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Health

Coywolves; hybrid wolf-coyotes in New England?

Gene ExpressionBy Razib KhanDecember 1, 2009 12:24 AM

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This article pointed me to this interesting paper, Rapid adaptive evolution of northeastern coyotes via hybridization with wolves:

The dramatic expansion of the geographical range of coyotes over the last 90 years is partly explained by changes to the landscape and local extinctions of wolves, but hybridization may also have facilitated their movement. We present mtDNA sequence data from 686 eastern coyotes and measurements of 196 skulls related to their two-front colonization pattern. We find evidence for hybridization with Great Lakes wolves only along the northern front, which is correlated with larger skull size, increased sexual dimorphism and a five times faster colonization rate than the southern front. Northeastern haplotype diversity is low, suggesting that this population was founded by very few females moving across the Saint Lawrence River. This northern front then spread south and west, eventually coming in contact with an expanding front of non-hybrid coyotes in western New York and Pennsylvania. We suggest that hybridization with wolves in Canada introduced adaptive variation that contributed to larger size, which in turn allowed eastern coyotes to better hunt deer, allowing a more rapid colonization of new areas than coyotes without introgressed wolf genes. Thus, hybridization is a conduit by which genetic variation from an extirpated species has been reintroduced into northeastern USA, enabling northeastern coyotes to occupy a portion of the niche left vacant by wolves.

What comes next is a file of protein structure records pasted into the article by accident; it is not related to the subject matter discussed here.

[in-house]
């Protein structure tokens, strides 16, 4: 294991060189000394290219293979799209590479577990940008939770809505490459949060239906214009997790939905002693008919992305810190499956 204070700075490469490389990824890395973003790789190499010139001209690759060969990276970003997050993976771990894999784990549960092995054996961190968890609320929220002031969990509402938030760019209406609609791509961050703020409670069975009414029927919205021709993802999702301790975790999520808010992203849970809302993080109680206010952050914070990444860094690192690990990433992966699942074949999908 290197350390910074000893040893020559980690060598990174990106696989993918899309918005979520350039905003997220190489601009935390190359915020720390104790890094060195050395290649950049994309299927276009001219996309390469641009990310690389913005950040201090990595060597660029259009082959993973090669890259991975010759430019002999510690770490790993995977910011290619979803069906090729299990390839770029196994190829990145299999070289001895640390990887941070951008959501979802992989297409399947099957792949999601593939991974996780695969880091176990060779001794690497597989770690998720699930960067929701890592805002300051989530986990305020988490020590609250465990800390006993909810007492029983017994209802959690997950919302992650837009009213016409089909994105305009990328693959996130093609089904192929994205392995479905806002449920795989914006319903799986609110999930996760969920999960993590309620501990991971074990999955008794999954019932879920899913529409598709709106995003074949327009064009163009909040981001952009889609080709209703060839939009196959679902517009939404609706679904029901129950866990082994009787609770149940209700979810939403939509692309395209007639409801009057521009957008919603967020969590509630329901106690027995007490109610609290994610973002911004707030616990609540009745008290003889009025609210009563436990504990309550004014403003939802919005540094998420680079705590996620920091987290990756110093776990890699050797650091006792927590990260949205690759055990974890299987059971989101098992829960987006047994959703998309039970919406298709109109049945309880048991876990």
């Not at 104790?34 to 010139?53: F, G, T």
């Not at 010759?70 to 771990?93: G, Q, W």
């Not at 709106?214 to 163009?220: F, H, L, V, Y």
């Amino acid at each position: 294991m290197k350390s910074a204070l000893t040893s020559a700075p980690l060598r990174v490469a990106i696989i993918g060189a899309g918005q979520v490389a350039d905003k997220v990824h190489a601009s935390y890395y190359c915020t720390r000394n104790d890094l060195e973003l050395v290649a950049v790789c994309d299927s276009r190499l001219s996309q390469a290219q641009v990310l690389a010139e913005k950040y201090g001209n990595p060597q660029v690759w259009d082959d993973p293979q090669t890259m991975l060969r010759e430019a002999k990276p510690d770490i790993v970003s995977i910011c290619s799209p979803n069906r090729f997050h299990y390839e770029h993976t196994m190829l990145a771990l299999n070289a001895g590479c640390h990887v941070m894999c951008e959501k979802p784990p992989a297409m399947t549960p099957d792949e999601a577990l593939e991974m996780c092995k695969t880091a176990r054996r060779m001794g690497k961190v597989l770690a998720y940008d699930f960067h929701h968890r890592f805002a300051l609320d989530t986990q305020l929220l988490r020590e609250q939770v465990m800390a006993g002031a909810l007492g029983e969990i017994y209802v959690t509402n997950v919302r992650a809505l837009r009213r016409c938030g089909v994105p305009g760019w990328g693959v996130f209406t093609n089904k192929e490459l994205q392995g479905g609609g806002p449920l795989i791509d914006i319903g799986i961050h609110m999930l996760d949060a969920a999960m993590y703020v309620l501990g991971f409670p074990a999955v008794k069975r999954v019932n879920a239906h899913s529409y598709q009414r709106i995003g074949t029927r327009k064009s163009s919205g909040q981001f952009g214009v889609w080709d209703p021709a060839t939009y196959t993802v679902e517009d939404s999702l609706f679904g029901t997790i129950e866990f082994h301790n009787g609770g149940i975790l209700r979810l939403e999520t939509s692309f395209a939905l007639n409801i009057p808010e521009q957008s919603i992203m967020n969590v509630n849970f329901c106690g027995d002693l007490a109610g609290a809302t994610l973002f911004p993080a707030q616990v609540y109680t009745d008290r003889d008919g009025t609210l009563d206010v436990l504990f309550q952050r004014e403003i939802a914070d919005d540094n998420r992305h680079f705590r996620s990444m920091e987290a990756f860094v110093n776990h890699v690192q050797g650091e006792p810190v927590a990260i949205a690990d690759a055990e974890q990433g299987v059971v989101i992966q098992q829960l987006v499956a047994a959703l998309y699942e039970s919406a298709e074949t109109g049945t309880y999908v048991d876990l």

Here is a figure which shows the distribution of mtDNA lineages geographically:

coywolfmtdna.png

The gray sections of the bar graph represent coyotes. The non-gray are non-coyotes. Citation: Roland Kays, Abigail Curtis, and Jeremy J. Kirchman, Rapid adaptive evolution of northeastern coyotes via hybridization with wolves, Biol. Lett. published online before print September 23, 2009, doi:10.1098/rsbl.2009.0575

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